Gransnet forums


How do you make the most out of retirement

(47 Posts)
Beswitched Sun 26-Jan-20 10:19:49

I have a few years to go but, although I'm looking forward to leaving the ratrace, I'm also a bit worried that I might find it difficult to fill my days. I'm just wondering how other gransnetters found retirement worked out for them and if it is difficult to adjust to having all that free time?

Happygirl79 Sun 26-Jan-20 10:30:37

I retired 18 months ago.
Ive really enjoyed not having to set my alarm and can wake up naturally feeling far more refreshed than before.
I've moved home.
Organised builders to refit the bathroom and fit a gorgeous new kitchen. Organised all repairs externally including a new garage. Had new fencing put up which I painted myself
Bought new garden furniture last year which I painted to match the fences outside
Introduced myself to the neighbours who are nice.
Take regular walks to get to know my neighbourhood.
Found the local library and post office.
Learned how to revamp furniture using chalk paint.
And so much more.
I live alone and LOVE every single minute of my life
I see friends for lunch or trips usually twice a week and family too.
Don't worry
You will wonder how you found the time to work before !

BlueSky Sun 26-Jan-20 10:38:31

Bewswitched yes at the beginning it's difficult so much that I started doing all sorts of voluntary jobs and looking for a part time paid. I did miss the socialising too. Then eventually you get used to it and wonder how on earth you got up so early every day and rushed out! But yes to a certain extent I did miss it, life is not suddenly endless cruises! Voluntary work is a good starting point, then there are classes, clubs and simply just enjoy whatever you like but never had the time.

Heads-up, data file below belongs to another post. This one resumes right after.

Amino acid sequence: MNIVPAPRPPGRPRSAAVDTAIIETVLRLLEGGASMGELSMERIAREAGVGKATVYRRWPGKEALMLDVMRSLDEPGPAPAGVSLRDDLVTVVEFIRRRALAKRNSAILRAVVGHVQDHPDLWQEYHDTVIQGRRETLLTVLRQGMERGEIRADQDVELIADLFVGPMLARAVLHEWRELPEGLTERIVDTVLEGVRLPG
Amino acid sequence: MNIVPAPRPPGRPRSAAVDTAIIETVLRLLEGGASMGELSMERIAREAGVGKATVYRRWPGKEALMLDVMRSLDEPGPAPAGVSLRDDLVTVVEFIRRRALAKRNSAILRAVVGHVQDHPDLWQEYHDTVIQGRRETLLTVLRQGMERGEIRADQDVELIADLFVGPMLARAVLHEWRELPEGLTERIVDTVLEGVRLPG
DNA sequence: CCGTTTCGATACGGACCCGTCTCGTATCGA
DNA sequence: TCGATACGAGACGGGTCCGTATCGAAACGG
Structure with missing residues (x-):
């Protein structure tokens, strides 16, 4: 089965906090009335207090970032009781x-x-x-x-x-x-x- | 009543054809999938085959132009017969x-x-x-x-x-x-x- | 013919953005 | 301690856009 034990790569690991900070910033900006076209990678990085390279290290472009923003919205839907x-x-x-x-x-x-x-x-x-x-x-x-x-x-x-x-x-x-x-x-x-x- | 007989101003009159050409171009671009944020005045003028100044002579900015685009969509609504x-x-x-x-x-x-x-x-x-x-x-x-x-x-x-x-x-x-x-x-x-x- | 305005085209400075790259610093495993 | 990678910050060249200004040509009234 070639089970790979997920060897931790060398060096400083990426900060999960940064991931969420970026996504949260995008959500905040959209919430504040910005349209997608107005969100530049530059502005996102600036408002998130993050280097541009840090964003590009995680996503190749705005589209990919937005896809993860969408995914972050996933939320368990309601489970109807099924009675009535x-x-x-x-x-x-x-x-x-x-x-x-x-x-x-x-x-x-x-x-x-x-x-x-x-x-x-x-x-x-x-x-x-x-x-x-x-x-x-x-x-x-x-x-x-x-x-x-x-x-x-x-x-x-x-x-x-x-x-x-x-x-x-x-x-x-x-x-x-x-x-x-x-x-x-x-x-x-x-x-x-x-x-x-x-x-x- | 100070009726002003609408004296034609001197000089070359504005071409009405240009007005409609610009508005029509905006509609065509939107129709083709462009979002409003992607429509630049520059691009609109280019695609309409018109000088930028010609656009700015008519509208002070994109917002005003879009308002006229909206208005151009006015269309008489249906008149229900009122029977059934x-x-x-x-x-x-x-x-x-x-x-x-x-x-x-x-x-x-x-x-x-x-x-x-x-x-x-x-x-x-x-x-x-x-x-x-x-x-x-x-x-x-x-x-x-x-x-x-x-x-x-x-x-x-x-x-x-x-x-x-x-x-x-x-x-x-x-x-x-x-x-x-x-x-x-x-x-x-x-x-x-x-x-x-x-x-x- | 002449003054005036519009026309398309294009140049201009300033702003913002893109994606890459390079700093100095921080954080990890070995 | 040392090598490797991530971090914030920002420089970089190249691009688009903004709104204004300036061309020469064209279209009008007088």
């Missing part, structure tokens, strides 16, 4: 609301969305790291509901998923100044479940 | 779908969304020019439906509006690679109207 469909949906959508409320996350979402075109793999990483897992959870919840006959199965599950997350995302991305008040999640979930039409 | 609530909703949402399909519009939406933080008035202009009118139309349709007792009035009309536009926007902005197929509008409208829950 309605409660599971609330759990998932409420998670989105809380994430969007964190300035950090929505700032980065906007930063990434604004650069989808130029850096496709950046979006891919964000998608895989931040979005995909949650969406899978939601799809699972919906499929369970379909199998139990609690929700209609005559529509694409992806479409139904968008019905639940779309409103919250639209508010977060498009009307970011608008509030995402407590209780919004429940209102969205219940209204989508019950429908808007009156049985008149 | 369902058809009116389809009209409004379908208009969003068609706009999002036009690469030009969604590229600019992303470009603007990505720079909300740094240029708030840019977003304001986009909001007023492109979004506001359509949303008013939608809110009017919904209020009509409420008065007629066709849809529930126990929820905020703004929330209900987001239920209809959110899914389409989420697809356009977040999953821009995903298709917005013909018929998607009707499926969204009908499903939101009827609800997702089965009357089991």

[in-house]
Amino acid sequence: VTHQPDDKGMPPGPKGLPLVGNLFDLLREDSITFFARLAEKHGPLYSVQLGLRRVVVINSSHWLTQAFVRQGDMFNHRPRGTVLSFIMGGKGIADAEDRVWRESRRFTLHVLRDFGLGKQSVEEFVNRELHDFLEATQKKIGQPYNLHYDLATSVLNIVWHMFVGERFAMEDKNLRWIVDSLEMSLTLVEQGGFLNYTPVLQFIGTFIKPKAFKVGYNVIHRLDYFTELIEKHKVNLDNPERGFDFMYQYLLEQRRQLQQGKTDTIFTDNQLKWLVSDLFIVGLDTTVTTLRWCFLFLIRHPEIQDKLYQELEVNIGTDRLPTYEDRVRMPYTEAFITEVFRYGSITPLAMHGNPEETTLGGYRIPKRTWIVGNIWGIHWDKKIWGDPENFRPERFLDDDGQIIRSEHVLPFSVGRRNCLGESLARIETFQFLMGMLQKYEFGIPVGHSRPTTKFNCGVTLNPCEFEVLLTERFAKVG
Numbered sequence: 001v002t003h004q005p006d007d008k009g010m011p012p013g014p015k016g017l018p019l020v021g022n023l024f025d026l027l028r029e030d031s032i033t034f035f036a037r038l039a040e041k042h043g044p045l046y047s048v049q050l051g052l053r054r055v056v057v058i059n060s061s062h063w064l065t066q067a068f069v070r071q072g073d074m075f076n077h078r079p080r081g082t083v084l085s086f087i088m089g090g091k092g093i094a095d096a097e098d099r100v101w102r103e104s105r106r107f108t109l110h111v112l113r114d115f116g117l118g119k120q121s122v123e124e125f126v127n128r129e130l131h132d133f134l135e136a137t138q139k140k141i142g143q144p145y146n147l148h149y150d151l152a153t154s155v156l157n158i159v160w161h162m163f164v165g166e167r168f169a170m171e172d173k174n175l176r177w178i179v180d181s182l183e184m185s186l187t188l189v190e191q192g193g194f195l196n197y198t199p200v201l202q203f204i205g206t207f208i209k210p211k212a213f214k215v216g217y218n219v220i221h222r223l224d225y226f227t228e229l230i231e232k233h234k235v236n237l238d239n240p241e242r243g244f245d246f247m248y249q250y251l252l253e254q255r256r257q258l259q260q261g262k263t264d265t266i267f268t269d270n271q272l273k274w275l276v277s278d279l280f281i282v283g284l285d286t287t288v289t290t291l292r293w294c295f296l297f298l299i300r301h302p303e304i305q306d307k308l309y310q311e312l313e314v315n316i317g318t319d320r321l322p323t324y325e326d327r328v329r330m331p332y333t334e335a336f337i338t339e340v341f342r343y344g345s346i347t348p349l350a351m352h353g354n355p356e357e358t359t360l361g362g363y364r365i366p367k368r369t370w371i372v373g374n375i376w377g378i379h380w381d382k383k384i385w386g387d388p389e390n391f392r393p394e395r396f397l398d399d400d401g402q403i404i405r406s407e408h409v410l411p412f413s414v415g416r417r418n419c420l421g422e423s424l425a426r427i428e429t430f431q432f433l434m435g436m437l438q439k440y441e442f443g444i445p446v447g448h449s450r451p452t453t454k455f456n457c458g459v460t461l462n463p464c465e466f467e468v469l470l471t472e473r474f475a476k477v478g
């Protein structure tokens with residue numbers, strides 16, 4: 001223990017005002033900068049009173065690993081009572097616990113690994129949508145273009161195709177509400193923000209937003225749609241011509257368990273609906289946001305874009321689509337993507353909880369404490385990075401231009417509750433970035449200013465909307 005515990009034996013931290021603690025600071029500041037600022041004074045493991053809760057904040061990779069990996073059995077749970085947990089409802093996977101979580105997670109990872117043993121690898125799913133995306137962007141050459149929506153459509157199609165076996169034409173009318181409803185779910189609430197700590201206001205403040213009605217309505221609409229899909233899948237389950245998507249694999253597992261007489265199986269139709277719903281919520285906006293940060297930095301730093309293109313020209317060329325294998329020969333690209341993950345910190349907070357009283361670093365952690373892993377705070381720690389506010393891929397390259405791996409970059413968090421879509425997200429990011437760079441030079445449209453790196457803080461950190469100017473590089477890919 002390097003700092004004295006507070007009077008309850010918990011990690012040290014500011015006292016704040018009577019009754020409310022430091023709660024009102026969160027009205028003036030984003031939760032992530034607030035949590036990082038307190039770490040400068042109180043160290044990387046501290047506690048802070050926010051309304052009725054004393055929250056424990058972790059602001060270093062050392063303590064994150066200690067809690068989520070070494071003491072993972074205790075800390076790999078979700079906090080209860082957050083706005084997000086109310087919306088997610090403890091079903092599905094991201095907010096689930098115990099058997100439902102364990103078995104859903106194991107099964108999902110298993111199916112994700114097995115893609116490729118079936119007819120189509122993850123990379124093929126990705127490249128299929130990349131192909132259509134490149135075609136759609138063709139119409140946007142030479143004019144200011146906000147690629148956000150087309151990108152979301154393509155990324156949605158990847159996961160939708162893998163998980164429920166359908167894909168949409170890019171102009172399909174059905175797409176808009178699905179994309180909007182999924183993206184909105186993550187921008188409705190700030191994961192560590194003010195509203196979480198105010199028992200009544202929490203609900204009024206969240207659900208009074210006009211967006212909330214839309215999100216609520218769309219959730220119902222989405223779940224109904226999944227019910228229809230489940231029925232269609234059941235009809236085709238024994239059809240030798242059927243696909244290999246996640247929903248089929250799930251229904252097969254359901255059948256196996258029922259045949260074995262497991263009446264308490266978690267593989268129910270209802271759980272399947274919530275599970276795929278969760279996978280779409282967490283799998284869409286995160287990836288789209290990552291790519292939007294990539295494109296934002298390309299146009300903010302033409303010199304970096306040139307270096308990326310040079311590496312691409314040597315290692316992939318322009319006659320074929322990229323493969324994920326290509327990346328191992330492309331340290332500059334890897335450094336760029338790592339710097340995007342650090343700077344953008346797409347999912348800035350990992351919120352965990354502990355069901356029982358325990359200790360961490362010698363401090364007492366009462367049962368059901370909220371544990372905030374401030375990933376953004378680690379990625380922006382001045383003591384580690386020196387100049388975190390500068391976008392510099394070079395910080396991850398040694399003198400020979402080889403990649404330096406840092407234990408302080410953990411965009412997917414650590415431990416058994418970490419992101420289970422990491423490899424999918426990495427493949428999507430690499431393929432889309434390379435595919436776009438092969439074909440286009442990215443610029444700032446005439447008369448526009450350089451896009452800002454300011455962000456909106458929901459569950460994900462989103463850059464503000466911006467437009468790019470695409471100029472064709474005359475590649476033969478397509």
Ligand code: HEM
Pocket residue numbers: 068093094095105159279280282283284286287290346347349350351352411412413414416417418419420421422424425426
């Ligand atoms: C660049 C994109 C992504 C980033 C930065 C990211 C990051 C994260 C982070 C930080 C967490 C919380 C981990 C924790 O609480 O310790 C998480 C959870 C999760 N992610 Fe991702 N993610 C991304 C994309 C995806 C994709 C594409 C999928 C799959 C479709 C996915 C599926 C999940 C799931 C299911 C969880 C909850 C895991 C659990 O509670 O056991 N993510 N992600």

Jenz48 Sun 26-Jan-20 10:53:05

I retired 11 years ago and after a long commute to London each day I was glad to rest. I joined a gym as I knew I needed to get fit and find a social circle. I soon got to know others in the same situation and it helped making that transition from work to play. I am not a creator so wasn’t attracted to arts and crafts, so I started voluntary work at my local library and Age UK. Personally I have struggled sometimes, and I think the adjustment is as much mental as physical. For me, getting fit and being outdoors helped any low points, and making the effort to arrange days out. I am on a fairly tight budget but walking groups are usually free. Once you work out what suits you it’s fine - and being able to sit and savour sights and sounds is the reward!